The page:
It wouldn’t be a day of me driving without trying a few wrong turns and getting lost. I’d taken back roads out of Fenais da Luz, and ended up doing a kind of zig zag until I caught up to the highway. And again coming down off the mountain, I didn’t want to go straight to the big city of Ponta Delgado, so tried first a small village, then got turned around on one way roads and ended up way out in the country, circling round again to where the Lago Fugo highway came down from the mountain again! Clare was wishing she was the one driving instead of me. Then I gave up and tried the new highway towards Ponta, getting off at the Marginal highway exit and going towards S. Roque at the first roundabout.

Deciding against patronizing Cais 20 again, signs were followed to “Oceanwaves” (Ocas do Mar), which turned out to have parking available, and was situated next to the rocky beach. Cheese fondue, beef kabobs and light salad… enjoyed with white wine sangria… was the13872654_10103168678260216_7609863916163914721_n perfect lunch.

Finally it was time to head west toward the aeroport, return the rental car and check my larger suitcase. Hertz charged me 7E because apparently I returned the gas tank at 4/8 instead of 5/8 (it had looked just over ½ tank to me, but oh, well). Aeroport security is very tight. I had to produce my passport and boarding pass several times, had my bags looked through at security (the x-rays of my ceramics did look a little strange, I admit). I like to visit the restroom one last time right before boarding, but the boarding area for Gate 5 to Boston was past another checkpoint, so I had to go back to the snack counter area, use the facilities there, and then go to Gate 5 to wait another ½ hour.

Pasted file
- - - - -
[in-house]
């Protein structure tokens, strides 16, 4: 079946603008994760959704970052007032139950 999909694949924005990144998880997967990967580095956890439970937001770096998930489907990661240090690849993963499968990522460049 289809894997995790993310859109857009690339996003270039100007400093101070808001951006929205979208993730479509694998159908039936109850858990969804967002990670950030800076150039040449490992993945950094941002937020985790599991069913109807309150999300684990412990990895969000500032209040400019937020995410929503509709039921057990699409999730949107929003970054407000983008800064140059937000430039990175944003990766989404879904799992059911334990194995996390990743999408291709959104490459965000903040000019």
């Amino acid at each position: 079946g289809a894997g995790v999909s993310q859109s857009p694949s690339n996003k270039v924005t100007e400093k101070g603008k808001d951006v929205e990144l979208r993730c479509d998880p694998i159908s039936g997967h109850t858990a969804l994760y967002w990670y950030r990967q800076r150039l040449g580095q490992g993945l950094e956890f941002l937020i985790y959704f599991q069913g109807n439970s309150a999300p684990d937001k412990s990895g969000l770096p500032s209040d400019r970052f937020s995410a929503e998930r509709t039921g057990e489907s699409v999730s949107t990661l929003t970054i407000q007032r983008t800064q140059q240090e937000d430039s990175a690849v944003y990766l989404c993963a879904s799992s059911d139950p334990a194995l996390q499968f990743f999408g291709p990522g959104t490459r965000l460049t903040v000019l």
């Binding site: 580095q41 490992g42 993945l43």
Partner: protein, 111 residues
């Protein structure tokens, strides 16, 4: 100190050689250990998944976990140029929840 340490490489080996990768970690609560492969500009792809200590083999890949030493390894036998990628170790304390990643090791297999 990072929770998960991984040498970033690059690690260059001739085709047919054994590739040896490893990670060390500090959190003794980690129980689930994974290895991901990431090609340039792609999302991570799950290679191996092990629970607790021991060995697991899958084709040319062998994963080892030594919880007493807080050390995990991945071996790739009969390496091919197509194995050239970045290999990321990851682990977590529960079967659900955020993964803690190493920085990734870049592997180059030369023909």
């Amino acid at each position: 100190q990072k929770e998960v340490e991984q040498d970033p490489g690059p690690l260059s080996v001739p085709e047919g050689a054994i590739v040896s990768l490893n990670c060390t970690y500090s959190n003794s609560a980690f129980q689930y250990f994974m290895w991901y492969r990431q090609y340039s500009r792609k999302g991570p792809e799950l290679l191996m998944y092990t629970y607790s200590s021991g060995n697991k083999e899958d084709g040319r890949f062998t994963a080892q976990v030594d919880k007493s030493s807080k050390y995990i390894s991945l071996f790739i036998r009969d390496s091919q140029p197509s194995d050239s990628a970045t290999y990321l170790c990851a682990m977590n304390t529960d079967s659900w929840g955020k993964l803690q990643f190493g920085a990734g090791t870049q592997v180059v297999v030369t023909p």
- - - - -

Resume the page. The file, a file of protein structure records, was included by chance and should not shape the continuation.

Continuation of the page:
13901499_10103168678270196_2237531371828405184_nAs the Azores Airline A330 Airbus soared out over the ocean, beginning its steep climb in altitude, I felt a mixture of completeness at having made the most of my week-long vacation to Sao Miguel, and sadness it was over too quickly. However, I really missed my Sheltie, and was happy that tomorrow I’ll be home and see my puppy dog again!


Wednesday April 27, Trip to Furnas

Wednesday was an all-day Futurismo tour to Furnas. This proved to be a van tour, with 8 passengers and Trine as tour guide. We took the east-north highway over towards Ribiera Grande. Then further east to visit one of the two tea plantations on the island.

13903339_10103168677930876_6623881498237559308_nThe stop at the Che Guerrera tea plantation was neat – we saw rows of tea planted on the hillside, and displays inside a building showing the different steps in separating tea leaves from twigs, and the process distinguishing green tea from black tea (same leaves, just more oxidation makes it black!). There were people working, sorting and boxng teas for sale. We stopped in the gift shop and purchased a couple of varieties to take home.

13882414_10103168675675396_5558257436466246575_n Clare has an amazing knack for photography, and got some great shots with her I-phone of the tea plantation and the hillside around it.

13912508_10103168675944856_3859169919787279618_nThen we reloaded and drove down across the island towards Furnas. Furnas (pronounced “furnish”) is related to the English word “furnace” – there are active volcanic features in this part of the island.